Parsons went on to call the Coronavirus Pandemic “a fraud” and North Carolina’s Gov. Roy Cooper “tyrannical.” Hours earlier, Cooper issued a modified stay-at-home order after expressing shock at daily positive case numbers that had recently doubled from a month ago to more than 6,000 cases a day. Three days after Parsons’ comment, that number had climbed to 7,540. 


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Mayor Gary Caldwell listens to public comment during a Dec. 10 meeting. Cory Vaillancourt photo


Another speaker, Janet Presson, said she didn’t live in Waynesville but since she owns property in the town, she thought she deserved the opportunity to oppose the ordinance and giving “more power” to elected officials. 

It wasn’t the first time in the spotlight for Presson, whose Facebook page is filled with memes and posts calling masks “child abuse” and urging others to discard their masks.

In July, 2019, Presson spoke at an anti-vaccination event where she and Melanie Williams attempted to prevent members of local media from recording or photographing the presentation, held at the Haywood County Public Library in Waynesville. 

During the presentation, an anti-vax documentary rife with debunked claims based on discredited studies was screened. 

Still, Presson serves on the board of the Haywood Healthcare Foundation, which oversees around $13 million in taxpayer money that’s supposed to be used “to improve the health status of Haywood County, it’s [sic] individuals and families through educational programs, grants, scholarships, and leadership opportunities,” according to its website

Williams was also present at the Waynesville town board meeting, during which she told alderman that there were 50 states in the U.S. immediately after the Civil War — Hawaii didn’t become the 50th state until 1959 — and that an 1866 U.S. Supreme Court ruling prohibits states from enforcing a number of pandemic-related restrictions, like social distancing.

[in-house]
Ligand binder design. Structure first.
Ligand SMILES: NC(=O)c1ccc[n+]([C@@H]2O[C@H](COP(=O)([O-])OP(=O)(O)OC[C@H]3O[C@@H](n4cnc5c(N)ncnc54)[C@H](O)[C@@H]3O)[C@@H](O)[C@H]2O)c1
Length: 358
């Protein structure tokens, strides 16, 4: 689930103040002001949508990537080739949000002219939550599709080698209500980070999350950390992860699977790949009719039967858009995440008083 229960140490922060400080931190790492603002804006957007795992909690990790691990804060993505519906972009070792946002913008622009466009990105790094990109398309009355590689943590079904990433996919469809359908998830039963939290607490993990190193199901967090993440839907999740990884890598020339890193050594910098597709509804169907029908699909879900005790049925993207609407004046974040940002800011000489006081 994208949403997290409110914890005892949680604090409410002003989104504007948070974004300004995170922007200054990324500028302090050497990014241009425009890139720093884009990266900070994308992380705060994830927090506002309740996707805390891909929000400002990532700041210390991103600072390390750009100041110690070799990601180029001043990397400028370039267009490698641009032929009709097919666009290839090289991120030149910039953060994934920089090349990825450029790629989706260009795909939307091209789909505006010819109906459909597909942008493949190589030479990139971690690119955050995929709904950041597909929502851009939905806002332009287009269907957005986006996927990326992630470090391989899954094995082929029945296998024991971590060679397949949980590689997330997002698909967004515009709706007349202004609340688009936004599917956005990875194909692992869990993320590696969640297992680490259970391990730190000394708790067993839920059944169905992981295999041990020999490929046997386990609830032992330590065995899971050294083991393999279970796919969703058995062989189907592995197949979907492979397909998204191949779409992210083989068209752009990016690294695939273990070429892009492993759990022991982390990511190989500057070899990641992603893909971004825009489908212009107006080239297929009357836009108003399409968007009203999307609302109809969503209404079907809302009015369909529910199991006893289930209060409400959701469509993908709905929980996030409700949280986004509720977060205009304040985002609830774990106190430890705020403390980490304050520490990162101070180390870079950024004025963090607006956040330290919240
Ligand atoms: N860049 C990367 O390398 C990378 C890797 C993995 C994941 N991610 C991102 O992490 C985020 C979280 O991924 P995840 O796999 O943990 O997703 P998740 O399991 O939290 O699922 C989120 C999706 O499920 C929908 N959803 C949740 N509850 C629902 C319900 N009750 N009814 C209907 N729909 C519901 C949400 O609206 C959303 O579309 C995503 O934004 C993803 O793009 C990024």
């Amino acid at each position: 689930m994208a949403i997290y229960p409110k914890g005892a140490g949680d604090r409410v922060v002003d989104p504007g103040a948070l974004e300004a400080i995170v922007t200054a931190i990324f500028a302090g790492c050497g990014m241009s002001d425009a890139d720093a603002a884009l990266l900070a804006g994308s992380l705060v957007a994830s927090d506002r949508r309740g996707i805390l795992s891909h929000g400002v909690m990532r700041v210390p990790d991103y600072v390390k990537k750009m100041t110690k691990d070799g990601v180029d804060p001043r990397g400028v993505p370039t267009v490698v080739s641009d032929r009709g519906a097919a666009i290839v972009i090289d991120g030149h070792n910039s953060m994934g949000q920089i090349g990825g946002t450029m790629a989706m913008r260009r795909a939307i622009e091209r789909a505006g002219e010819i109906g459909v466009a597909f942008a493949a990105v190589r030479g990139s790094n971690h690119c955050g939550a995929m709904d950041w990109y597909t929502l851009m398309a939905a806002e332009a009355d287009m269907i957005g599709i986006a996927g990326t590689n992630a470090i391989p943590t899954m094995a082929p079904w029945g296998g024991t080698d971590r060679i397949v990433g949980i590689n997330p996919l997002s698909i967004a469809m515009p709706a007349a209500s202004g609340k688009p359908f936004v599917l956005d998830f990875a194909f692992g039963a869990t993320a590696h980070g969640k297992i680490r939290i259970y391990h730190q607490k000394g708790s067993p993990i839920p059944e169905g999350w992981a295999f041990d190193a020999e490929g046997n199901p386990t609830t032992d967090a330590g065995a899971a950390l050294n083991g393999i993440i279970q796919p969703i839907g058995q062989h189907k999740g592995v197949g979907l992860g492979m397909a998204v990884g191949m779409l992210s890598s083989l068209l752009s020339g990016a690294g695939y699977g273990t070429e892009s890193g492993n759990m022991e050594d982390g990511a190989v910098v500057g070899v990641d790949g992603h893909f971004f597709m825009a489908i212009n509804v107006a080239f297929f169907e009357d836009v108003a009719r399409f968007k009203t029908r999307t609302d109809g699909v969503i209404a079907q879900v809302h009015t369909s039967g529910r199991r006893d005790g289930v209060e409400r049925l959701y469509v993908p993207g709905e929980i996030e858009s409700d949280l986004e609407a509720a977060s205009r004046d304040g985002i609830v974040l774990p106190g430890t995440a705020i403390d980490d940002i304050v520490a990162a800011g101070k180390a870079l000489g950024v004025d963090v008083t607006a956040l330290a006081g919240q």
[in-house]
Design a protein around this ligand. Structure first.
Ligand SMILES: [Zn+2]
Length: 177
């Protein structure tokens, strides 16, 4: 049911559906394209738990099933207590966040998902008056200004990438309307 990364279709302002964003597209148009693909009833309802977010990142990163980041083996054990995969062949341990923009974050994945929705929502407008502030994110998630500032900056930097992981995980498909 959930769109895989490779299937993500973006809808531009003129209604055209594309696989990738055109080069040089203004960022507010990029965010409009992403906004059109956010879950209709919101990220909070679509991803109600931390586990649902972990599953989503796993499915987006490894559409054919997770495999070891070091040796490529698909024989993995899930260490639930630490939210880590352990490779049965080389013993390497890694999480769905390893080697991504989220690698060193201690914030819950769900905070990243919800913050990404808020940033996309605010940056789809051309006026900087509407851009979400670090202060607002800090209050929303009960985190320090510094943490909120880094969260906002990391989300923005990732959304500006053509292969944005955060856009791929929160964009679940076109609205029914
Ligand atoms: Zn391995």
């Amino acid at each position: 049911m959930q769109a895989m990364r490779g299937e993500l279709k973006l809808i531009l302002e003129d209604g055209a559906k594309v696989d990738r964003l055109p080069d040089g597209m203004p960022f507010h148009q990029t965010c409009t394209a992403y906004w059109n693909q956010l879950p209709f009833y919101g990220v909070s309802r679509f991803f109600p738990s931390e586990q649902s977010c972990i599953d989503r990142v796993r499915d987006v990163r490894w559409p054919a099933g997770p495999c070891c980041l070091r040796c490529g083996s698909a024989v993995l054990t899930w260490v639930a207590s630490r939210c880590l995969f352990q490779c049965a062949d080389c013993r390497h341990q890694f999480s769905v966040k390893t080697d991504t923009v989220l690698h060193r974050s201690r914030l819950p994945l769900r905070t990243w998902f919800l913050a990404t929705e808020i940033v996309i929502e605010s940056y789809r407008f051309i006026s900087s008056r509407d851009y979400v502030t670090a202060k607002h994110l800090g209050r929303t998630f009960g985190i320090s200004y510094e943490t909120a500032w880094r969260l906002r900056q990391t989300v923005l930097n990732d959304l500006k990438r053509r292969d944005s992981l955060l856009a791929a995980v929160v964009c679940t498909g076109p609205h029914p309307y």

Called ex Parte Milligan, the ruling has been cited frequently by conspiracy theorists as justification for defiance, but in reality it has nothing to do with the power of federal, state or local governments to enact such restrictions, according to Snopes, USA Today and others. It deals with military tribunals. 

Several youths spoke at the board meeting, including 16-year-old Jordan White.

“I’m 16 and I should be able to do what I want to do,” said White, who called mask usage “stupid.” 

White was one of five children that spoke; Evelyn McDonald, 10, read from an essay that lamented the loss of freedom. Jake Durbin, also 10, called the ordinance “barbaric and stupid,” and then cried. Savannah Williams, 16, said she was sad that she had to quit her volleyball team because she refused to wear a mask. Katie Durbin, 14, said it’s “not my responsibility to take care of your health.”

One woman, however, did express support for masking up; Diana Gordon said she didn’t like wearing masks either, but that doing so is a “righteous act of kindness.” 

The crowd jeered and ridiculed Gordon. 

Finally, it was Nikki White’s turn. White, ignorant of local government procedure, demanded during public comment that aldermen vote on the ordinance, and then stood for a moment in silence waiting for a reaction. 

Aldermen aren’t supposed to interact with the public during public comment — only listen. Aldermen also don’t vote on matters during public comment sessions. 

When White failed to get a reaction, she cajoled and insulted the board for the remainder of her allotted time, calling aldermen confused and ignorant, telling them they should be ashamed of themselves and that they were the “weakest legislative body in the state of North Carolina.”

White would get her vote in due course — after the public comment session — but it wasn’t the vote she and others wanted. Dickson moved to adopt the new State of Emergency ordinance, and Sutton seconded the motion. 

Little discussion ensued until Alderman Jon Feichter spoke, asking the board to consider some changes. 

“We need to do it, but we don’t have to do it tonight,” Feichter said. 

Feichter was outvoted 4-to-1. After the meeting, he stressed that while he was in favor of updating the ordinance, he thought it should require consultation with public safety personnel like police, fire and health officials, and that it would also be reasonable to include the Board of Aldermen in those consultations. 

He also took exception to the tenor of the public discourse surrounding the State of Emergency ordinance update. 

“Much of the rhetoric was unhelpful and untrue. We were called ‘deceitful’ and ‘weaponized’ against the very people we represent. We were told that we’re destroying lives of our kids. None of that is true,” said Feichter. “All we’ve done and all we continue to do is protect the health and welfare of the citizens of Waynesville. We don’t always get it right out of the gate, but to say that we’re deceiving people and weaponizing ourselves simply isn’t true.”